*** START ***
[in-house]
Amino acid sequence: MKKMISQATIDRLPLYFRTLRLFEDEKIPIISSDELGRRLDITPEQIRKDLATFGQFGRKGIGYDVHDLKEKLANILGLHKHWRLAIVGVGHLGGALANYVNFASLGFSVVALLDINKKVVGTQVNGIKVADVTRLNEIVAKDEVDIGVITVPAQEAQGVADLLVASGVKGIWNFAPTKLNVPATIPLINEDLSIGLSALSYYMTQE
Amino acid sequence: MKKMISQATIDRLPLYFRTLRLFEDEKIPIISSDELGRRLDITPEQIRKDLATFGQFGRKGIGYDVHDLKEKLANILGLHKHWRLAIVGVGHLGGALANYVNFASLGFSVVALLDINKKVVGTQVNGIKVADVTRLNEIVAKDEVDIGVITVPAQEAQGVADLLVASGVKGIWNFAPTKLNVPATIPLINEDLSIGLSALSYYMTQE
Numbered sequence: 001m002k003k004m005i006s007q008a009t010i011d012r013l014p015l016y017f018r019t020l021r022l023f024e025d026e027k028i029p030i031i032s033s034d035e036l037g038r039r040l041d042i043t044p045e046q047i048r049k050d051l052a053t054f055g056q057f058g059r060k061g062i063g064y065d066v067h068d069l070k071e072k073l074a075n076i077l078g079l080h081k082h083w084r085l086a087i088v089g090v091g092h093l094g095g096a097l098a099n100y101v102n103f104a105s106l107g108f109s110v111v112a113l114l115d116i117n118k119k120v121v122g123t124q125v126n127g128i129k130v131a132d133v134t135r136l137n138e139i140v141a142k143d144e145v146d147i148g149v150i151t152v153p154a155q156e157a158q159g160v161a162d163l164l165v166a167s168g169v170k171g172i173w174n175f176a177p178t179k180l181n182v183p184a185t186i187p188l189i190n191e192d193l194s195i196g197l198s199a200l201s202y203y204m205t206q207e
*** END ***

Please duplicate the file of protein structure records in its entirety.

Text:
[in-house]
Amino acid sequence: MKKMISQATIDRLPLYFRTLRLFEDEKIPIISSDELGRRLDITPEQIRKDLATFGQFGRKGIGYDVHDLKEKLANILGLHKHWRLAIVGVGHLGGALANYVNFASLGFSVVALLDINKKVVGTQVNGIKVADVTRLNEIVAKDEVDIGVITVPAQEAQGVADLLVASGVKGIWNFAPTKLNVPATIPLINEDLSIGLSALSYYMTQE
Amino acid sequence: MKKMISQATIDRLPLYFRTLRLFEDEKIPIISSDELGRRLDITPEQIRKDLATFGQFGRKGIGYDVHDLKEKLANILGLHKHWRLAIVGVGHLGGALANYVNFASLGFSVVALLDINKKVVGTQVNGIKVADVTRLNEIVAKDEVDIGVITVPAQEAQGVADLLVASGVKGIWNFAPTKLNVPATIPLINEDLSIGLSALSYYMTQE
Numbered sequence: 001m002k003k004m005i006s007q008a009t010i011d012r013l014p015l016y017f018r019t020l021r022l023f024e025d026e027k028i029p030i031i032s033s034d035e036l037g038r039r040l041d042i043t044p045e046q047i048r049k050d051l052a053t054f055g056q057f058g059r060k061g062i063g064y065d066v067h068d069l070k071e072k073l074a075n076i077l078g079l080h081k082h083w084r085l086a087i088v089g090v091g092h093l094g095g096a097l098a099n100y101v102n103f104a105s106l107g108f109s110v111v112a113l114l115d116i117n118k119k120v121v122g123t124q125v126n127g128i129k130v131a132d133v134t135r136l137n138e139i140v141a142k143d144e145v146d147i148g149v150i151t152v153p154a155q156e157a158q159g160v161a162d163l164l165v166a167s168g169v170k171g172i173w174n175f176a177p178t179k180l181n182v183p184a185t186i187p188l189i190n191e192d193l194s195i196g197l198s199a200l201s202y203y204m205t206q207e